It was a typical day at work. For me it’s Tuesday – for everyone else, Monday. The weather was fine, so little trouble in that regard.
I came in, prepared the forecast and graphics, appearing on three newscasts and a webcast. Nothing terrible. I’m not exactly carrying cargo at the docks. I’m a lucky guy with a job I enjoy.
After dinner I returned to my desk – but not for long. There was a commotion in the newsroom. Outside, at the far corner of the building, off the street and away from casual observers, one of our longtime photographers had seen, and then smelled, smoke.
We called the fire department.
As far as I can tell, it is standard operating procedure for the fire department to get you out if they might be going in. We all filed out of the station and into the parking lot. Luckily, the weather was great.
The firehouse is only a few blocks away and it wasn’t long before a chief showed up in an SUV followed quickly by two fire engines full of firemen (I know they’re firefighters now, but each and every one that responded to our call was a guy).
As going to the dentist stops the pain in your teeth, calling the fire department stops the smoke! The building was inspected, but nothing was found. They even pulled the aerial ladder off one of the trucks and took a bird’s eye view of the roof.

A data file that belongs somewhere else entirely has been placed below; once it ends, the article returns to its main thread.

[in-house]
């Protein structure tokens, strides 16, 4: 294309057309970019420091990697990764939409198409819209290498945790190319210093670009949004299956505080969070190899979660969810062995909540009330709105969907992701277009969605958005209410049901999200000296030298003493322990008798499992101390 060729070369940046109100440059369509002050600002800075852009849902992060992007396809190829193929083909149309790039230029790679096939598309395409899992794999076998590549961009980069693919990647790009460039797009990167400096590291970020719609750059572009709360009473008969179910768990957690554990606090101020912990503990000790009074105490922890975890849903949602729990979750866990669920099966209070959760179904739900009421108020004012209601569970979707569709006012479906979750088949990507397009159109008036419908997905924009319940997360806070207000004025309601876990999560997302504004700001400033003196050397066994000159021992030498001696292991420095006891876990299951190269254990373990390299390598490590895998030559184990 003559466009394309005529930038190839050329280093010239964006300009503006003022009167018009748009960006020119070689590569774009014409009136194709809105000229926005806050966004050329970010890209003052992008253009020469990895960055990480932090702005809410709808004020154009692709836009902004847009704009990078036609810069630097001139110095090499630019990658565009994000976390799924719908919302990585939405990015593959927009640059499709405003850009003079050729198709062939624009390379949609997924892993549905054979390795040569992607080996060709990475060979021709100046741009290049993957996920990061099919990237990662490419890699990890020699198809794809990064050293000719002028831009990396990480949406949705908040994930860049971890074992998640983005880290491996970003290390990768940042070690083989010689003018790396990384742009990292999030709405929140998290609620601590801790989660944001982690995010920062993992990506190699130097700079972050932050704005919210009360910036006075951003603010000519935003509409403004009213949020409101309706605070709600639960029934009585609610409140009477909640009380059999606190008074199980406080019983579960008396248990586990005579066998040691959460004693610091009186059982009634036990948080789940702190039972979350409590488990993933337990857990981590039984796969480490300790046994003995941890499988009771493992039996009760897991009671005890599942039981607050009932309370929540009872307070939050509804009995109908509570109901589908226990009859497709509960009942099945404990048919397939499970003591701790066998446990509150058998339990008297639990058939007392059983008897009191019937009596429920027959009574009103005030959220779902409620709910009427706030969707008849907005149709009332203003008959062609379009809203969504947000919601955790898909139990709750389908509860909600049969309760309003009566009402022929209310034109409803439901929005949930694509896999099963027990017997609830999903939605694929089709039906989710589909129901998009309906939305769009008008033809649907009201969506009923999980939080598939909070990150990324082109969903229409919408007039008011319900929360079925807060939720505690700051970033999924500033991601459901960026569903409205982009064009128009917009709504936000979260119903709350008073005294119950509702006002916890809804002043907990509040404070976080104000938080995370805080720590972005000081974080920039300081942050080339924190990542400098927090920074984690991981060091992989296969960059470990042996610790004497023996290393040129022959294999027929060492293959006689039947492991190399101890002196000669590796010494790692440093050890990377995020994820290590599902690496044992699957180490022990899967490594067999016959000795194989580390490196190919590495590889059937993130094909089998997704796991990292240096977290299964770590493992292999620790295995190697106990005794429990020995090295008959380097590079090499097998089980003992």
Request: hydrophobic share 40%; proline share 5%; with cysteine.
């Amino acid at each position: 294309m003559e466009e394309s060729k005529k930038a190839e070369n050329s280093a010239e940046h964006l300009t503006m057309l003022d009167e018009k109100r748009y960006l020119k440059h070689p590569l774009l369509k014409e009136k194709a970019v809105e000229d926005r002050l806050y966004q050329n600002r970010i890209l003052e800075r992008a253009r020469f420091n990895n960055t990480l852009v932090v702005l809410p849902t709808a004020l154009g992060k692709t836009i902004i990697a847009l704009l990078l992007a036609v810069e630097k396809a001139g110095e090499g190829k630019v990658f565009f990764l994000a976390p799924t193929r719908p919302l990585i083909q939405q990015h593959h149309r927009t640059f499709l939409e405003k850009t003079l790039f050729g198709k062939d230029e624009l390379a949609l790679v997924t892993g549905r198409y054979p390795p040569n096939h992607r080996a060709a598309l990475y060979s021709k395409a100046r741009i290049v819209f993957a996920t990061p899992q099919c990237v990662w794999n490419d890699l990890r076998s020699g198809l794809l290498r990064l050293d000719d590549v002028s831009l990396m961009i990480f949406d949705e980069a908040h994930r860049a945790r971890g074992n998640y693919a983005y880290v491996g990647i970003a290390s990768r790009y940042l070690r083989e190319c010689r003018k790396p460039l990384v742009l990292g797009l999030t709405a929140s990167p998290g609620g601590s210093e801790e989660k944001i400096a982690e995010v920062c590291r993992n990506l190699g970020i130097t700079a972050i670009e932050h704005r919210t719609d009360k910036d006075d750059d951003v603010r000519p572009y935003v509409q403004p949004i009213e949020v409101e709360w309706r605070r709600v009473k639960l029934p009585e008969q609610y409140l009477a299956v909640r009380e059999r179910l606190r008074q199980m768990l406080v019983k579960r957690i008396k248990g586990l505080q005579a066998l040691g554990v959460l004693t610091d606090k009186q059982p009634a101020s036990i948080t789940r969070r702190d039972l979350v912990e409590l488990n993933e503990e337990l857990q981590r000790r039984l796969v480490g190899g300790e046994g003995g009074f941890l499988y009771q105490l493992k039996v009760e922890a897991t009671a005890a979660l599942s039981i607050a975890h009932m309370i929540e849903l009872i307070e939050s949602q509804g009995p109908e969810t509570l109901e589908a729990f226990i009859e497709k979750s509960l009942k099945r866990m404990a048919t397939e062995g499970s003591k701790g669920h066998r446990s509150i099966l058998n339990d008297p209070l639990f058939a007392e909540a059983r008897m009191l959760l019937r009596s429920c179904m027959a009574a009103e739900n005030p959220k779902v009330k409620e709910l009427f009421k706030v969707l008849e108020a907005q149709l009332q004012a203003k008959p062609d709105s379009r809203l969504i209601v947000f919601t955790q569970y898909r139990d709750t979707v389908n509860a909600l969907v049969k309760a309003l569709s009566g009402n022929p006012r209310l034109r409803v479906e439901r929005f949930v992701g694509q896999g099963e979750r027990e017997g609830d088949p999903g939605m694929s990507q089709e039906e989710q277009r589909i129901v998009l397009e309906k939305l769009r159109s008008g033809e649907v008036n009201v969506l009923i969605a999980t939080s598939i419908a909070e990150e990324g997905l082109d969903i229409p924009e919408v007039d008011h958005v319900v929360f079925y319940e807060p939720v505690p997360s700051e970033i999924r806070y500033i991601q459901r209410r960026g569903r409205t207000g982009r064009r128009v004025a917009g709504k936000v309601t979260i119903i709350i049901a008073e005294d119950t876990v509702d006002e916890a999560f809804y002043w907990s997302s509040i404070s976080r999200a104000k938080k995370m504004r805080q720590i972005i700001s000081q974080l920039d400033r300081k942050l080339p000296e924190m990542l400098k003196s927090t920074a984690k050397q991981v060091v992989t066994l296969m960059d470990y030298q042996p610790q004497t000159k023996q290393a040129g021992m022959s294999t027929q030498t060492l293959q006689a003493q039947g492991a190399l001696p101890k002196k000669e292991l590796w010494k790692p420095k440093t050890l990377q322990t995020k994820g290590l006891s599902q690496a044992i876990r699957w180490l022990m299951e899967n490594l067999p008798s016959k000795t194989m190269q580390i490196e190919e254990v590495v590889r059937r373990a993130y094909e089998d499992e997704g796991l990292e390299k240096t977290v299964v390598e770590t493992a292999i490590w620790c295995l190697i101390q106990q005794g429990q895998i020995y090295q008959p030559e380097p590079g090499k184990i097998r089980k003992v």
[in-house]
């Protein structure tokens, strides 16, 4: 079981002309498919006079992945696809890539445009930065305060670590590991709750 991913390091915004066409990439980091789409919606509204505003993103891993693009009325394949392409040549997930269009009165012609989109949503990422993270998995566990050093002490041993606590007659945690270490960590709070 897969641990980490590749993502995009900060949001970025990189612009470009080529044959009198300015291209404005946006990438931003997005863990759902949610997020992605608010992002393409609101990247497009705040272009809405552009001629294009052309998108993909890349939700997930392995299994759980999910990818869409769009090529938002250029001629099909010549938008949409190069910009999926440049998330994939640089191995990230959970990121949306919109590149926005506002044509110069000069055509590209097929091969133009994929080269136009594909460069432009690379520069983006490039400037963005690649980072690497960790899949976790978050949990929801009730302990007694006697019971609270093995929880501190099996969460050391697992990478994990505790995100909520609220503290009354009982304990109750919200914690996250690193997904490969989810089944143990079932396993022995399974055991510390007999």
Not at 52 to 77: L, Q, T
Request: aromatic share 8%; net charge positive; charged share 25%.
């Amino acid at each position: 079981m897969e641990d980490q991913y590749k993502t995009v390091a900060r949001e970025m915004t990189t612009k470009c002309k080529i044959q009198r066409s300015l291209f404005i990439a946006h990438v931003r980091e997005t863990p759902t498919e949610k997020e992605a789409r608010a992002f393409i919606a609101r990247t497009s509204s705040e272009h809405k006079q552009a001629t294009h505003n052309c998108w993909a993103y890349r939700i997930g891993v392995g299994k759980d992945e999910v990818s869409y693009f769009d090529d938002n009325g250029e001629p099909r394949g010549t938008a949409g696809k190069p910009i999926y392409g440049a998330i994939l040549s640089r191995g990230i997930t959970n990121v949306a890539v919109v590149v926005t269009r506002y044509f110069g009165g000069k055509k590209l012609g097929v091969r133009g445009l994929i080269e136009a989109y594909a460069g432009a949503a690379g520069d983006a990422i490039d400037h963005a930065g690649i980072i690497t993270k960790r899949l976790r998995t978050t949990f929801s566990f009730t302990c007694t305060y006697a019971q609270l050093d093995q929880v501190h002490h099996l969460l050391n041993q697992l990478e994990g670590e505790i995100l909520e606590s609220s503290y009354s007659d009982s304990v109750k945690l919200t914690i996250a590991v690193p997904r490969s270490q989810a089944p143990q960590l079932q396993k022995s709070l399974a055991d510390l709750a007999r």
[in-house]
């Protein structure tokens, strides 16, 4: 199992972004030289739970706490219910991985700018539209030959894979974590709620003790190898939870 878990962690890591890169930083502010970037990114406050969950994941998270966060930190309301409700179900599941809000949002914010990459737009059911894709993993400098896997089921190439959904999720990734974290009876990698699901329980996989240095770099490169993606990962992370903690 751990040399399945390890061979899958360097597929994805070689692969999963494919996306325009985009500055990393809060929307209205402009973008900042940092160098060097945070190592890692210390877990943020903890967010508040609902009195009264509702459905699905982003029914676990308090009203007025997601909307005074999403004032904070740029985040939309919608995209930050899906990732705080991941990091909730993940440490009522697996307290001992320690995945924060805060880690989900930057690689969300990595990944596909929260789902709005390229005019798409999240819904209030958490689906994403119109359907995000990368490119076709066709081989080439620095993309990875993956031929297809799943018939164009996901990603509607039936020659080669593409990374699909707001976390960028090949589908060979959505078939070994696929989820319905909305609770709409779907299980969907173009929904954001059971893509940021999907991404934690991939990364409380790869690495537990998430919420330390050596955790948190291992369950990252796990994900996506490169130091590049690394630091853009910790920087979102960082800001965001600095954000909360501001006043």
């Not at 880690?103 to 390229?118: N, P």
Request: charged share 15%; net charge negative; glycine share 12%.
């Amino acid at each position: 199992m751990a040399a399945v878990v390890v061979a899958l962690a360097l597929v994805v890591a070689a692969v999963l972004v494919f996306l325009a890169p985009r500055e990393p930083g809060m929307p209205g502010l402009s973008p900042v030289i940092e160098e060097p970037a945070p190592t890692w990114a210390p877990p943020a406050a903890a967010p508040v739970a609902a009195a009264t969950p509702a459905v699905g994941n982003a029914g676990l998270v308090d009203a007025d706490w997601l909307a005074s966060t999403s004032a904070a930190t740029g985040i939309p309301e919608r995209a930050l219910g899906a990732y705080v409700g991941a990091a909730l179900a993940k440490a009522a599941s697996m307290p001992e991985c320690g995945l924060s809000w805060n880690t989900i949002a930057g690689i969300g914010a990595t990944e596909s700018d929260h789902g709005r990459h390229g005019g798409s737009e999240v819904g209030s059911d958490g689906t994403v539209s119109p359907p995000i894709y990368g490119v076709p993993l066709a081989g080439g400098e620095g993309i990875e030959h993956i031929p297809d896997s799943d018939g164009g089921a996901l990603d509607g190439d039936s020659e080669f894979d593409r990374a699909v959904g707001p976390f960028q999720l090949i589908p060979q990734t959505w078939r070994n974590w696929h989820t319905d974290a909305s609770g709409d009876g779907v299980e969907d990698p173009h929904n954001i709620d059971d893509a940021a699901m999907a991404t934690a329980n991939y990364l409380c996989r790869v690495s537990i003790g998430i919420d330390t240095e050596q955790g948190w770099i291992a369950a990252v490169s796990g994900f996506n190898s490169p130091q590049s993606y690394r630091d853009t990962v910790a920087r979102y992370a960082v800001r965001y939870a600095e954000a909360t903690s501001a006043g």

Out in the parking lot, we milled around. So did most of the firefighters, each wearing what looked like heavy and cumbersome equipment.
Even though nothing was found, it was the absolute right thing to call them. You just don’t want to take a chance with fire. Anyway, it was also a chance for one of the firemen to ask about the marital status of one of our reporters – engaged, sorry.
By the time we got the all clear it was too late to run our 10:00 O’clock news at 10:00 PM. Master control had thrown on a syndicated show and ran a ‘crawl’ at the bottom of the screen – we’d be on at 10:30 PM.
And we were.
By the way, these late breaking, on-the-scene pictures of our faux catastrophe are EXCLUSIVE to geofffox.com and won’t be seen anywhere else.